This is the core magic behind Map/Reduce (give me a map function and a reduce function and I’ll give you an entire battle-tested distributed data processing pipeline), it’s the core magic behind Serverless (give me some stateless functions and I’ll give you an entire event-driven fault-tolerant distributed fabric) and it’s the core magic behind Cloud Foundry (give me a stateless web app and I’ll give you an endlessly scalable, health-managed platform-as-a-service to run it on).
Push the problem of state away and the stateless bit suddenly becomes easy (obviously!).
But isn’t this just hiding the problem? We’ll still have to deal with the stateful stuff somewhere, right? Yes. Right. But: it turns out that punting state to the platform means we deal with it once, in a standard way, and that we don’t have to keep dealing with it. By restricting the platform’s UX to map and reduce jobs, or to stateless functions, or to stateless web apps, the platform can allow most people using the platform to simply not worry about orchestration, about packaging, about health management and fault tolerance, about scaling and resilience — really about anything except their code.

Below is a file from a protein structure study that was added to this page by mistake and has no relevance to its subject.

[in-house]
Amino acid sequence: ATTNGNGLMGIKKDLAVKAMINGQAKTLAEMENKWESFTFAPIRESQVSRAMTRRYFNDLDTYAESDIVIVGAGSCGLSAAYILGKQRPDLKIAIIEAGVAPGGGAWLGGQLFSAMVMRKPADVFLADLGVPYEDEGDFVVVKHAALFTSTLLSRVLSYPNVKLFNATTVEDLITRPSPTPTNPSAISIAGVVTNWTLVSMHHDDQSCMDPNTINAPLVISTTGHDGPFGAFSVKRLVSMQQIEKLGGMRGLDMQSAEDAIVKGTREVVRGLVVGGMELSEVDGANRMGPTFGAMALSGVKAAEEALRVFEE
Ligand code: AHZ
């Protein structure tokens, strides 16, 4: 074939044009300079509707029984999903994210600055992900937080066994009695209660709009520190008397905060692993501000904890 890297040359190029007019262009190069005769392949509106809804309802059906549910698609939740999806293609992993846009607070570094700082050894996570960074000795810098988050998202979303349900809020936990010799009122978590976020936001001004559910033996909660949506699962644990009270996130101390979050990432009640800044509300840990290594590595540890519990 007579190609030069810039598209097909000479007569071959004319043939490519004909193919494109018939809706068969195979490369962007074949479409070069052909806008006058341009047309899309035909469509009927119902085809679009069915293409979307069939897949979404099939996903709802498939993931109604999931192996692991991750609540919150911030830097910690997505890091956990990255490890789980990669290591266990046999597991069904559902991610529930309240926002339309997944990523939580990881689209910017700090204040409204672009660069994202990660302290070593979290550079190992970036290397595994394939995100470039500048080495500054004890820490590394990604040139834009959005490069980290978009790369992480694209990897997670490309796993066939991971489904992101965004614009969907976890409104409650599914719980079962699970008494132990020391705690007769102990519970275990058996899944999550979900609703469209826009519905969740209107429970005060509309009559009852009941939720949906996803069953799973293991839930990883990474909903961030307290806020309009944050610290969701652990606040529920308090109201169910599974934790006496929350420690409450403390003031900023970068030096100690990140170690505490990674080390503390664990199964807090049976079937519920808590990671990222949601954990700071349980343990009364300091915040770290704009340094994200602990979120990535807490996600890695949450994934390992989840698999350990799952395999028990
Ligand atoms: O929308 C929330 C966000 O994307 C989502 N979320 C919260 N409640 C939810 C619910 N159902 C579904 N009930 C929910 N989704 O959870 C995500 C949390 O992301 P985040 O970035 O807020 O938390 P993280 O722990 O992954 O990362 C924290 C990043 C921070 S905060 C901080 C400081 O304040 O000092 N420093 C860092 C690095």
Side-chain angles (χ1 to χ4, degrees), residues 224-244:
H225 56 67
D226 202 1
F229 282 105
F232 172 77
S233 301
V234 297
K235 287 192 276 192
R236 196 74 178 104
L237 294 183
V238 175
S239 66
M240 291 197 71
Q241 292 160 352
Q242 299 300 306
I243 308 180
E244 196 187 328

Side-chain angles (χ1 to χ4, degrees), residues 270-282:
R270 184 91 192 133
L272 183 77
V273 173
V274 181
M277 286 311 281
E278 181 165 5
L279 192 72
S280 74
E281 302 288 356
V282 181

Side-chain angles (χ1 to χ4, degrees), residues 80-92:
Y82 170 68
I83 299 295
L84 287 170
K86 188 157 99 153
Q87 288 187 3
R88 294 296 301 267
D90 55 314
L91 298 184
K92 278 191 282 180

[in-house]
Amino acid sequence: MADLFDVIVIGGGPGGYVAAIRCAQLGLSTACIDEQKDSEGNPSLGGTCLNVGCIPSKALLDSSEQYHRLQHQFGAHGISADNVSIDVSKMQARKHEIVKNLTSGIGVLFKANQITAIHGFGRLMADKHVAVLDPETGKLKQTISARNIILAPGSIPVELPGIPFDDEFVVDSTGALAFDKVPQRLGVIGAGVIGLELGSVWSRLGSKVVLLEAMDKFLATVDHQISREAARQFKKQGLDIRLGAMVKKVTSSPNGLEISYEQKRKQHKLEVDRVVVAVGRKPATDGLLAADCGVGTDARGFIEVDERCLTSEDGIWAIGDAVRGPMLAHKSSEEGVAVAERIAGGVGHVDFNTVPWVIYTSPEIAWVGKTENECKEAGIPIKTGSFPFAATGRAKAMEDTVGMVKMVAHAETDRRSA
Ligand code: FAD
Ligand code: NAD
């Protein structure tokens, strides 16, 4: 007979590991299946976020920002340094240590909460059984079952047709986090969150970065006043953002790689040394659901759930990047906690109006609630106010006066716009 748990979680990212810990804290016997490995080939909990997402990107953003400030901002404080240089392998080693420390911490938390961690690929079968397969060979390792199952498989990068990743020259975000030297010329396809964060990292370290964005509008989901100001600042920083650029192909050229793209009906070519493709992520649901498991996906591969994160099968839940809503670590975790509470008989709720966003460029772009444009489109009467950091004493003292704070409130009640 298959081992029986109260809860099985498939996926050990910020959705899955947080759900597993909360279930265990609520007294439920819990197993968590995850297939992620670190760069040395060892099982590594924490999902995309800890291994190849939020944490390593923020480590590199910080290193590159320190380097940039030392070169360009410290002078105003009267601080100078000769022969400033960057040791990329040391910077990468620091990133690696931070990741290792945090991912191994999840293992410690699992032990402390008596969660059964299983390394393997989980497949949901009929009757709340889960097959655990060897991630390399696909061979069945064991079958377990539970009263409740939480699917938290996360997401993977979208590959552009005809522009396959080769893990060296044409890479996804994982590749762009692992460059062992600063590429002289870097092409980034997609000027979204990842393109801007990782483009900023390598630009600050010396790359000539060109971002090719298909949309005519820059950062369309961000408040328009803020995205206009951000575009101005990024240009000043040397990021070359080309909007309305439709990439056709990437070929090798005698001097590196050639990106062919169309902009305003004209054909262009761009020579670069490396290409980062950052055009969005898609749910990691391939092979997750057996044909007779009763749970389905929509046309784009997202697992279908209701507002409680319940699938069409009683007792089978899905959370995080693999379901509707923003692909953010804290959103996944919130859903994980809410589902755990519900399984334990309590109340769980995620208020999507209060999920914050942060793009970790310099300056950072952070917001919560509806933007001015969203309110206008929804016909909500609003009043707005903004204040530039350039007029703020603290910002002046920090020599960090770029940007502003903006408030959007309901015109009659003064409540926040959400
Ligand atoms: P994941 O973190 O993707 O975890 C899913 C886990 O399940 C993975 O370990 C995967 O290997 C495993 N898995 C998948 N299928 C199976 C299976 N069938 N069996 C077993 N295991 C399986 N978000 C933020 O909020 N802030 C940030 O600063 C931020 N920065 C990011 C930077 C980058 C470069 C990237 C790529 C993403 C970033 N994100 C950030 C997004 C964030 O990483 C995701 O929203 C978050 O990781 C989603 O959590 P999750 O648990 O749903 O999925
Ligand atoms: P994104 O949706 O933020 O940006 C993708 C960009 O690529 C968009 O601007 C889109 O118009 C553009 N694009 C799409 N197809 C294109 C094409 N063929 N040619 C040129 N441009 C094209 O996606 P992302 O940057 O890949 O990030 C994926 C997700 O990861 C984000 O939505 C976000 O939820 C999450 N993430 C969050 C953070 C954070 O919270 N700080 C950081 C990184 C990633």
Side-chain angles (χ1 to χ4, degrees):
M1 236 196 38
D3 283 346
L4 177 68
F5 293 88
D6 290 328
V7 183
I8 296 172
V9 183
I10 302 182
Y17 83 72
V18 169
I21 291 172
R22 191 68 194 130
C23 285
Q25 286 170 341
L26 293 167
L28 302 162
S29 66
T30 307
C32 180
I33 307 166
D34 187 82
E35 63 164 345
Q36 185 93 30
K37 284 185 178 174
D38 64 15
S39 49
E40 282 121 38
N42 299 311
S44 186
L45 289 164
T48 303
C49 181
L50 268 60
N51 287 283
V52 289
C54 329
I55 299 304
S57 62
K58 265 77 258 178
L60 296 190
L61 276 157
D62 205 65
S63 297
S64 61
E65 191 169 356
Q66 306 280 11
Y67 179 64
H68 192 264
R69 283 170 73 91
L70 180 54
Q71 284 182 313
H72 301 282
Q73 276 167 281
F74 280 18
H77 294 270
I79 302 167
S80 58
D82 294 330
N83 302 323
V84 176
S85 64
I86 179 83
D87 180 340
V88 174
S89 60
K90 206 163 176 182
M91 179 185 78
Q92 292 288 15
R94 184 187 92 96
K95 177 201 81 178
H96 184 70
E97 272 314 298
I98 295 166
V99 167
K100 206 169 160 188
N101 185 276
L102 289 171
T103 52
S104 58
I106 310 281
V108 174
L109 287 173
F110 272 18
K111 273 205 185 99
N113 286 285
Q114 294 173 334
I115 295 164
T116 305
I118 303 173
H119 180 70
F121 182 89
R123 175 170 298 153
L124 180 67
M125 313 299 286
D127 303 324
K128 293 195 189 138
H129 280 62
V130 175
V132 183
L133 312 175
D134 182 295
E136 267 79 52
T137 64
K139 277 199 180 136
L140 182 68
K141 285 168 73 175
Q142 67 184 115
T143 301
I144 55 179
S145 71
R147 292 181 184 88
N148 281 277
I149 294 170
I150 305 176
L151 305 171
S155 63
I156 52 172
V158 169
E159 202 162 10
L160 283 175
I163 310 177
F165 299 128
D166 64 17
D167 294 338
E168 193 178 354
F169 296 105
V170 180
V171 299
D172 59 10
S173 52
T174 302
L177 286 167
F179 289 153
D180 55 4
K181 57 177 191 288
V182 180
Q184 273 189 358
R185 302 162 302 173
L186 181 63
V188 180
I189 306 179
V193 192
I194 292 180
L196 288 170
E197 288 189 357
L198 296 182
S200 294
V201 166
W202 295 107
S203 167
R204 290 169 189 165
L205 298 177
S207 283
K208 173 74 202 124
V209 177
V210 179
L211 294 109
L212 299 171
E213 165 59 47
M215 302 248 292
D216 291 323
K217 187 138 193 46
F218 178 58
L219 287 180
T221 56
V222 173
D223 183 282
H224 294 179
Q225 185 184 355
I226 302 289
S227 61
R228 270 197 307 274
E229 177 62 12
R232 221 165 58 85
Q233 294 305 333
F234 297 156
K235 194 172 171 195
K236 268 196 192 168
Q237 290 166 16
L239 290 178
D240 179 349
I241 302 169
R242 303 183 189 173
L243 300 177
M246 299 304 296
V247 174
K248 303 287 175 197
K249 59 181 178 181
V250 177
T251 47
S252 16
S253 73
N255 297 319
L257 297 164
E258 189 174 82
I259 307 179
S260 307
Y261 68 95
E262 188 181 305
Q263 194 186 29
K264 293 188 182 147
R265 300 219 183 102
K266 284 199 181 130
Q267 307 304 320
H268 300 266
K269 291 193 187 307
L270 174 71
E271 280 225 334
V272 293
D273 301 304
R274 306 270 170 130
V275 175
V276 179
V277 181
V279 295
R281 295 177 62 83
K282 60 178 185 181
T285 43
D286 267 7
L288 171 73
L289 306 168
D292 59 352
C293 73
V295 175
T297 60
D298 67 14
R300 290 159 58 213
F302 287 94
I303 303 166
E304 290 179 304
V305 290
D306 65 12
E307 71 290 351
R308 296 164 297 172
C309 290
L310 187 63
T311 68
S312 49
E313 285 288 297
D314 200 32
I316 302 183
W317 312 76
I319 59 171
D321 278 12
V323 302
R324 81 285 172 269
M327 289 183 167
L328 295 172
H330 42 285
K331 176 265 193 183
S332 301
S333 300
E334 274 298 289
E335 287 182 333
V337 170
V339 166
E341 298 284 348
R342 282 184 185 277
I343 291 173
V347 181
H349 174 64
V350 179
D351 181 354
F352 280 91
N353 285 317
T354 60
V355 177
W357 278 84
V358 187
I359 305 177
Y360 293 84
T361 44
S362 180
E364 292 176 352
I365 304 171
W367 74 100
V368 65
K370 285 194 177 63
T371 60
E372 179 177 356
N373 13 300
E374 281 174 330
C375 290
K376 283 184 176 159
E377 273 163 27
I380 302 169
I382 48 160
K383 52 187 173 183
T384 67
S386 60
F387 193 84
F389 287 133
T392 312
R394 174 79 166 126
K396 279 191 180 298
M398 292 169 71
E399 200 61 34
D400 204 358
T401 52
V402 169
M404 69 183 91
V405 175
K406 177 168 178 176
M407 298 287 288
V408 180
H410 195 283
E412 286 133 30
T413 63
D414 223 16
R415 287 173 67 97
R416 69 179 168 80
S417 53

Of course we’ll still need to set up, manage and monitor the databases and message queues and other persistent services those stateless things use, but we — and by “we” I mean platform users: developers — don’t pay that cost for every single app; we pay it just for those custom services someone isn’t already providing. And often, in a large organization or a large cloud, we pay it with one team of SREs who are dedicated to that particular system and supporting large numbers of simple stateless apps whose developers and operators don’t need to worry about anything other than code.
PaaS vs Serverless